A double CD set displaying riches of the legacy of bluegrass mandolin.
Kelly Jo Phelps, Shine Eyed Mister Zen (Rykodisc)
With dark, smoky vocals and amazing finger and slide work on guitar, Phelps
has managed to create a singular and haunting sound steeped in the most
ancient forms of folk and blues. This one talks to the ghosts of Dock Boggs
and Leadbelly while searching out love and purpose in the here and now.
Albert King with Stevie Ray Vaughan, In Session (Stax)
A loose and inspired jam joining a great blues elder and a young up and
comer. For lovers of blues guitar, this one is a must.
Joe Louis Walker, Silvertone Blues (Verve)
Aside from being one of the finest singer-guitarists in contemporary blues,
Joe Louis Walker is surely the most versatile. Here, after covering a host
of urban styles, he digs into a collection of Delta rooted material with
his usual combination of grit and taste.
Various Artists, Tacoma Slide
Thirteen wonderful examples of traditional and modern slide guitar mastery
including Robert Pete Williams, Son House, Bukka White, Mike Bloomfield,
Leo Kottke, John Fahey, and Mike Auldridge.
Robert Cray, Take Your Shoes Off (Rykodisc)
John Lewis, Evolution (Atlantic)
Playing originals and standards Lewis’s piano genius illustrates brilliant
economic elegance and a century of jazz tradition.
Patricia Barber, Companion (Blue Note/Premonition)
With hip contemporary lyrics and unconventional material (“The Beat Goes
On” and “Black Magic Woman), pianist/singer/writer Patricia Barber is shaking
up the crustier side of the jazz world. But those with no interest in policing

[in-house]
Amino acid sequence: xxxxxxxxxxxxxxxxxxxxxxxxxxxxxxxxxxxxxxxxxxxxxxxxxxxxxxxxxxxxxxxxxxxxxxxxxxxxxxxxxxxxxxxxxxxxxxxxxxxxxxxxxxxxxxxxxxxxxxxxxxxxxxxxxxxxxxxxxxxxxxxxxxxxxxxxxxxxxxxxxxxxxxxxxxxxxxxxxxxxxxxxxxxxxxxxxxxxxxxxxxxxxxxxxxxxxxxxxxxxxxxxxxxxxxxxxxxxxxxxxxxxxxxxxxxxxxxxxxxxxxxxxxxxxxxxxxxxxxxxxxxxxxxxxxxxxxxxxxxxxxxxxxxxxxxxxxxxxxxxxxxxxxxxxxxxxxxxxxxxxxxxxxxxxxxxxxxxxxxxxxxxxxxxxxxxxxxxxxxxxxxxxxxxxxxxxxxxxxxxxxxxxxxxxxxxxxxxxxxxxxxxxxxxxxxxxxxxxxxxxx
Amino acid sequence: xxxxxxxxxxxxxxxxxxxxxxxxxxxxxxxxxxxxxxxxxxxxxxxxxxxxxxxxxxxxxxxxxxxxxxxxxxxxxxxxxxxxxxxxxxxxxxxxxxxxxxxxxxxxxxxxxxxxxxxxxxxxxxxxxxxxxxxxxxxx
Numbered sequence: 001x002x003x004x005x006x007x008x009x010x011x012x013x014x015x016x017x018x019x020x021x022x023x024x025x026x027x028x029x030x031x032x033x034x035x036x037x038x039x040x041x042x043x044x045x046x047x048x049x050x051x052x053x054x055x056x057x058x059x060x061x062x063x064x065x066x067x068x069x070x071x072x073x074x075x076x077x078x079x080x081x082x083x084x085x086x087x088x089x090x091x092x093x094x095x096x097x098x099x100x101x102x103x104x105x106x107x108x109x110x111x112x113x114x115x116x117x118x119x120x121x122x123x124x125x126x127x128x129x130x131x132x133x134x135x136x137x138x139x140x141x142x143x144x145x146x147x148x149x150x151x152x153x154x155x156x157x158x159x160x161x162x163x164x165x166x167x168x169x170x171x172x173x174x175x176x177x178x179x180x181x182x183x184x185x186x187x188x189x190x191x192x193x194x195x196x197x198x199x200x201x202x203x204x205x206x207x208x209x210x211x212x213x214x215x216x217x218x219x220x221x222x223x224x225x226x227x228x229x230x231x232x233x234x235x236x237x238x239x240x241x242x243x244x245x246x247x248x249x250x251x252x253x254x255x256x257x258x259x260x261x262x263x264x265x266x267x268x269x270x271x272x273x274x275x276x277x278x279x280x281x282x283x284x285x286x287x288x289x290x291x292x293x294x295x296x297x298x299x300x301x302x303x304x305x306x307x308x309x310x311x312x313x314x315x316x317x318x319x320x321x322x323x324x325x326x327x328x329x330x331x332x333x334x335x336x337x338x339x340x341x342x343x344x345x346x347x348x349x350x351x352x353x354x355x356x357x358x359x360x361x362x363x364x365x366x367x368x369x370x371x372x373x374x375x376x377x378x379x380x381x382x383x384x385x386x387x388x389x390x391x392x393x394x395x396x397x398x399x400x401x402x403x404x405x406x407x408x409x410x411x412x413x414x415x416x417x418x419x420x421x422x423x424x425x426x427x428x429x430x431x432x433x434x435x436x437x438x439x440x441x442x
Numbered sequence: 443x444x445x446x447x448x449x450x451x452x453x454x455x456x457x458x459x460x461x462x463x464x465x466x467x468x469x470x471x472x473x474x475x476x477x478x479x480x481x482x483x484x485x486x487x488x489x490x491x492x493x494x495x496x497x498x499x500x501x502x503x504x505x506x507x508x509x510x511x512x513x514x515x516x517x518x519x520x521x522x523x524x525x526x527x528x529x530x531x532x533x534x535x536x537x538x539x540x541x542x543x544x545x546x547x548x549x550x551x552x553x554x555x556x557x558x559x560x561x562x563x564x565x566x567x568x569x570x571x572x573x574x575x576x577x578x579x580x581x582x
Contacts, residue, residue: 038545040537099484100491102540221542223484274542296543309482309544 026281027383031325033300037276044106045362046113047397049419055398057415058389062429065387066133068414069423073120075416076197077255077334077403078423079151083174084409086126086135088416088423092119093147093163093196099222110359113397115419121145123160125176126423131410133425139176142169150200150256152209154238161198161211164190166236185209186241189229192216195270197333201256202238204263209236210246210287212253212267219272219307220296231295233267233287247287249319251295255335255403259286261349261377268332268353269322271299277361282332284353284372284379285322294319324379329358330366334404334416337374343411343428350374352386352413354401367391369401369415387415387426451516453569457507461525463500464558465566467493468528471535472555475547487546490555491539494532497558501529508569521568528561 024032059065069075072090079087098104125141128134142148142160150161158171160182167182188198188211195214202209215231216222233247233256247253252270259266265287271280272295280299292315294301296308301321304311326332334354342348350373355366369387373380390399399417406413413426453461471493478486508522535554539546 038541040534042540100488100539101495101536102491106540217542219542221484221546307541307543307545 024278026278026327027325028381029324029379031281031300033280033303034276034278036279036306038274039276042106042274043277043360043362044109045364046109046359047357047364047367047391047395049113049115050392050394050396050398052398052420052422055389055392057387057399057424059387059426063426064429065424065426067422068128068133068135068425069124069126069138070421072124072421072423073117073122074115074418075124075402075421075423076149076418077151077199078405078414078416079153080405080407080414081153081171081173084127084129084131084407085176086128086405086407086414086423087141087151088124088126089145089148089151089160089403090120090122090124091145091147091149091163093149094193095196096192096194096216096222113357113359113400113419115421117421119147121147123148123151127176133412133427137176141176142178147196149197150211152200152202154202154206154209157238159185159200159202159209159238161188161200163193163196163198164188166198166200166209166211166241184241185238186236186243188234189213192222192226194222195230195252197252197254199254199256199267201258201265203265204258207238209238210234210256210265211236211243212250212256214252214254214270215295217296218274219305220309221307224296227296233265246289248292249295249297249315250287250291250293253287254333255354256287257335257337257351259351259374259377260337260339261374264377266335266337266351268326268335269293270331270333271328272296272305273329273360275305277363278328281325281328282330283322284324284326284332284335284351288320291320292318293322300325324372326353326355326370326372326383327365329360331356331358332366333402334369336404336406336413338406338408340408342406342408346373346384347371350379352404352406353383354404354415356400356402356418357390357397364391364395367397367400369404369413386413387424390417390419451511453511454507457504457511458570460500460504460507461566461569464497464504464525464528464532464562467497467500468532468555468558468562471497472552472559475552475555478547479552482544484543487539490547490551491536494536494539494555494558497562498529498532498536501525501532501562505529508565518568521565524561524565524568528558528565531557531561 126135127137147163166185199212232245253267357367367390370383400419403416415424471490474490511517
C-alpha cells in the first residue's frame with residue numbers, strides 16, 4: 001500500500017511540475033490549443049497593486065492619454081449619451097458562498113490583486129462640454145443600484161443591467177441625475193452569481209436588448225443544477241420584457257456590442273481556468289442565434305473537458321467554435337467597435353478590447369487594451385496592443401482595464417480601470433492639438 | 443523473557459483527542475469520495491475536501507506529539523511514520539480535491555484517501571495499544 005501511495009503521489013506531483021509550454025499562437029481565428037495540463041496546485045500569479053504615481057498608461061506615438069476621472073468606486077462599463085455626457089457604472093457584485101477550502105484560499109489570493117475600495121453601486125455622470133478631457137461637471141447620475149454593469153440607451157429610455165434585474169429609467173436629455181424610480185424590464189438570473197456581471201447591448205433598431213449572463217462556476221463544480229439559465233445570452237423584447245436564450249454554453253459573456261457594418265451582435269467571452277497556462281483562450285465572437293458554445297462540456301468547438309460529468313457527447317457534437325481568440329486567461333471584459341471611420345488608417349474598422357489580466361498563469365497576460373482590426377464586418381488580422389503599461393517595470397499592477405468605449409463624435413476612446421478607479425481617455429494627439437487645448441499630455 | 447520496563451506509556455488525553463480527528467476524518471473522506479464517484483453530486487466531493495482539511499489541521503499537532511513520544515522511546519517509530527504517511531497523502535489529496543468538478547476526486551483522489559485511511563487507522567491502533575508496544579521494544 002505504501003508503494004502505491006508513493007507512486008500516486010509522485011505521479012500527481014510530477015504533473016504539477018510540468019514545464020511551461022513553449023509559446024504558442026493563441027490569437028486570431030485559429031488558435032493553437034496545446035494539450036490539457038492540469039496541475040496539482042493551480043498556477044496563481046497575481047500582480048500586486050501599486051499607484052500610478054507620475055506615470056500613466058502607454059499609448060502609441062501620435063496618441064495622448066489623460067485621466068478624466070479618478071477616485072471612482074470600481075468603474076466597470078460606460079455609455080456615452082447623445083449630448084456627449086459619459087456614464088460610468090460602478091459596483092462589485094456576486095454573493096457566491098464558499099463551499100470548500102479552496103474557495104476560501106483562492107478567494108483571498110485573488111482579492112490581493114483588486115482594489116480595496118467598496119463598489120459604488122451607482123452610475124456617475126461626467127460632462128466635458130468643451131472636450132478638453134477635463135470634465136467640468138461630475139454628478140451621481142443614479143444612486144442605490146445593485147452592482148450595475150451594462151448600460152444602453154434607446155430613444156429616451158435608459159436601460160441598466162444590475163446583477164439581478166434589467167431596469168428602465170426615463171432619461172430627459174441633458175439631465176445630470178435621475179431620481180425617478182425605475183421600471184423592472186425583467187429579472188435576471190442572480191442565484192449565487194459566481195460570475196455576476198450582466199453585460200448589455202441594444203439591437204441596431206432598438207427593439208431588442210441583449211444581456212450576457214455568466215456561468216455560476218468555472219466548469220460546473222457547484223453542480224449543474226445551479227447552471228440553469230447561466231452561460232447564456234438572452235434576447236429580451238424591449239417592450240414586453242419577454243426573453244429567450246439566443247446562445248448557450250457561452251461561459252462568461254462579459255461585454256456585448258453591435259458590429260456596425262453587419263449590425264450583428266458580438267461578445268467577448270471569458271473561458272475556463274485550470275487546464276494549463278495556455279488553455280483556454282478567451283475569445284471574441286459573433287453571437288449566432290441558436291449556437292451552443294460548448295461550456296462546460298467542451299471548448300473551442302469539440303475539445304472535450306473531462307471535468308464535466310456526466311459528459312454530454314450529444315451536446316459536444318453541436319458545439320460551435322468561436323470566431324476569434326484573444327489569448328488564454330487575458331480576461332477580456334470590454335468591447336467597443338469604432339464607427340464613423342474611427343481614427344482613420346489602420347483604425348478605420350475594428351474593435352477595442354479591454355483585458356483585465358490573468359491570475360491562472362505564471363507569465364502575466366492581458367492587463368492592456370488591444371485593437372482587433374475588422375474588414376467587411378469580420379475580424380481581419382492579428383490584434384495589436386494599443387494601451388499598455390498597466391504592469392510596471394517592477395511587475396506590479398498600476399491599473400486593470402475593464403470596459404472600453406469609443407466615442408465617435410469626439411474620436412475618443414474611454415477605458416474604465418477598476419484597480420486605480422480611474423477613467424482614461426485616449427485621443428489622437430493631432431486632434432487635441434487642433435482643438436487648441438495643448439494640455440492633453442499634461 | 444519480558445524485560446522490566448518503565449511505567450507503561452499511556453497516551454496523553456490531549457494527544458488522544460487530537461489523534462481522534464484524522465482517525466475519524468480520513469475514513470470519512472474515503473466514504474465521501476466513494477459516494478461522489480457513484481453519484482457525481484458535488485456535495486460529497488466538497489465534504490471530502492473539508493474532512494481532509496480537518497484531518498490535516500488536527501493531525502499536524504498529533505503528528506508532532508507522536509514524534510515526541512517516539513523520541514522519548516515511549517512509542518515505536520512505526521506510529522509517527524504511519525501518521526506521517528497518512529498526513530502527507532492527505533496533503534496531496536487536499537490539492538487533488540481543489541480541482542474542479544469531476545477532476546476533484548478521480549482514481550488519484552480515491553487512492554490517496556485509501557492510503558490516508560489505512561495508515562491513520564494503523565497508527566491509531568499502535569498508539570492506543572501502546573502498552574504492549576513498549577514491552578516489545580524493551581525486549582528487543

the jazz border should find this live recording an enticing introduction
to a fresh and exciting talent.
Sam Rivers, Inspiration (RCA)
A thrilling big band work-out aptly named.
Abbey Lincoln, Wholly Earth (Verve)
The great writer/singer lays down another dazzling performance fueling
compassionate and hopeful humanity.
Chico O’Farrell, Heart Of A Legend (Milestone)
Not quite as stirring as 1995’s Pure Emotion, but O’Farrell’s latest Afro-Cuban
big band jazz is still loaded with awesome solo and ensemble play by masters
such as Cachao, Patato, Chocolate, and Paquito D’ Rivera. Another reminder
that Cuban music doesn’t begin or end with the Buena Vista Social Club.
Taj Mahal And Toumani Diabate, Kulanjan (Hannibal/Carthage)
Mali kora player Toumani Diabate and Afro-American singer/guitarist Taj
Mahal convened this session to celebrate the linkages between West African
music and the blues. The results are extraordinary.
Don Byron, Romance With The
Unseen (EMD/Blue Note)
Jazz clarinetist Don Byron is one of the most adventurous players in all
of modern jazz. Collaborating with equally free spirited players like guitarist
Bill Frissell, drummer Jack DeJohnette, and bassist Drew Grass, he pulls
out all the stops.
Various Artists, Central Avenue Sounds: Jazz In Los Angeles (1921-1956)
Blues, jazz, and R&B poured from the clubs and jukeboxes of LA’s Central
Avenue during the years documented on this 4-CD box set. And what an amazing
mix of styles and musicians: T-Bone Walker, Charles Brown, Hadda Brooks,
Charlie Parker, Charles Mingus, Big Jay McNeely, and Johnny Otis, to mention
a few. Central Avenue Sounds gives this rich, long underappreciated legacy
of black LA its due.
Various Artists, From Spirituals To Swing (Vanguard)
A marvelous repackaging of the legendary John Hammond produced concerts
that introduced 1930s white America to the blues, folk, jazz, and gospel
music of black America.
Woody Guthrie, Woody Guthrie: The Asch Recordings, Vol. 1-4 (Smithsonian/Folkways)
Each disc of this 4-CD set can be bought separately and that’s probably
the way to go for less than die-hard Guthrie fans. But seriously devoted
listeners should find that the essays, pictures, and almost five hours
of music make this package essential.
Various Artists, The Last Soul Company (Malaco)
The classic soul sounds of legendary labels such as Chess, Stax, and Motown
began to fade in the late 1960s, but the Jackson, Mississippi-based Malaco
Records is still carrying the torch for old school soul. This 6-CD collection
of Malaco “hits” by Bobby Bland, Denise La Salle, Shirley Brown, Little
Milton, and a host of other lesser knowns shows how and why.
Sandy Carter is a regular contributor to Z Magazine.